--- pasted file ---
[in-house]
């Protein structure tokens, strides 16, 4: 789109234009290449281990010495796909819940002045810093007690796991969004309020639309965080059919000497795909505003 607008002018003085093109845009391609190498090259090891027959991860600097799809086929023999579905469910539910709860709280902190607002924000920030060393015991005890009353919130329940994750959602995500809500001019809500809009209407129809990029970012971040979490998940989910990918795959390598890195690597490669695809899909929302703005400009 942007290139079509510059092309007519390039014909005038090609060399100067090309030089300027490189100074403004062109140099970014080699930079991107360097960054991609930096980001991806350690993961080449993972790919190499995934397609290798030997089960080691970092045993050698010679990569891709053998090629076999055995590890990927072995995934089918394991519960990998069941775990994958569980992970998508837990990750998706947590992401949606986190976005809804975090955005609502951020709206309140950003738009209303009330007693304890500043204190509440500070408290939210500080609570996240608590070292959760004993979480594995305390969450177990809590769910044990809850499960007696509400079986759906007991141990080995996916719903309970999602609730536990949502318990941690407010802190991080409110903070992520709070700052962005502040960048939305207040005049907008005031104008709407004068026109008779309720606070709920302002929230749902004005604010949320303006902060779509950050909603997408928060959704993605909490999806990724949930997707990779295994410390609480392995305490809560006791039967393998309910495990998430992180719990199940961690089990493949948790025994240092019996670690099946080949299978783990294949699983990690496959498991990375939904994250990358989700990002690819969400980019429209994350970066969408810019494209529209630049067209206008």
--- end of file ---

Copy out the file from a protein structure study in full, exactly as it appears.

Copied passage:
[in-house]
């Protein structure tokens, strides 16, 4: 789109234009290449281990010495796909819940002045810093007690796991969004309020639309965080059919000497795909505003 607008002018003085093109845009391609190498090259090891027959991860600097799809086929023999579905469910539910709860709280902190607002924000920030060393015991005890009353919130329940994750959602995500809500001019809500809009209407129809990029970012971040979490998940989910990918795959390598890195690597490669695809899909929302703005400009 942007290139079509510059092309007519390039014909005038090609060399100067090309030089300027490189100074403004062109140099970014080699930079991107360097960054991609930096980001991806350690993961080449993972790919190499995934397609290798030997089960080691970092045993050698010679990569891709053998090629076999055995590890990927072995995934089918394991519960990998069941775990994958569980992970998508837990990750998706947590992401949606986190976005809804975090955005609502951020709206309140950003738009209303009330007693304890500043204190509440500070408290939210500080609570996240608590070292959760004993979480594995305390969450177990809590769910044990809850499960007696509400079986759906007991141990080995996916719903309970999602609730536990949502318990941690407010802190991080409110903070992520709070700052962005502040960048939305207040005049907008005031104008709407004068026109008779309720606070709920302002929230749902004005604010949320303006902060779509950050909603997408928060959704993605909490999806990724949930997707990779295994410390609480392995305490809560006791039967393998309910495990998430992180719990199940961690089990493949948790025994240092019996670690099946080949299978783990294949699983990690496959498991990375939904994250990358989700990002690819969400980019429209994350970066969408810019494209529209630049067209206008």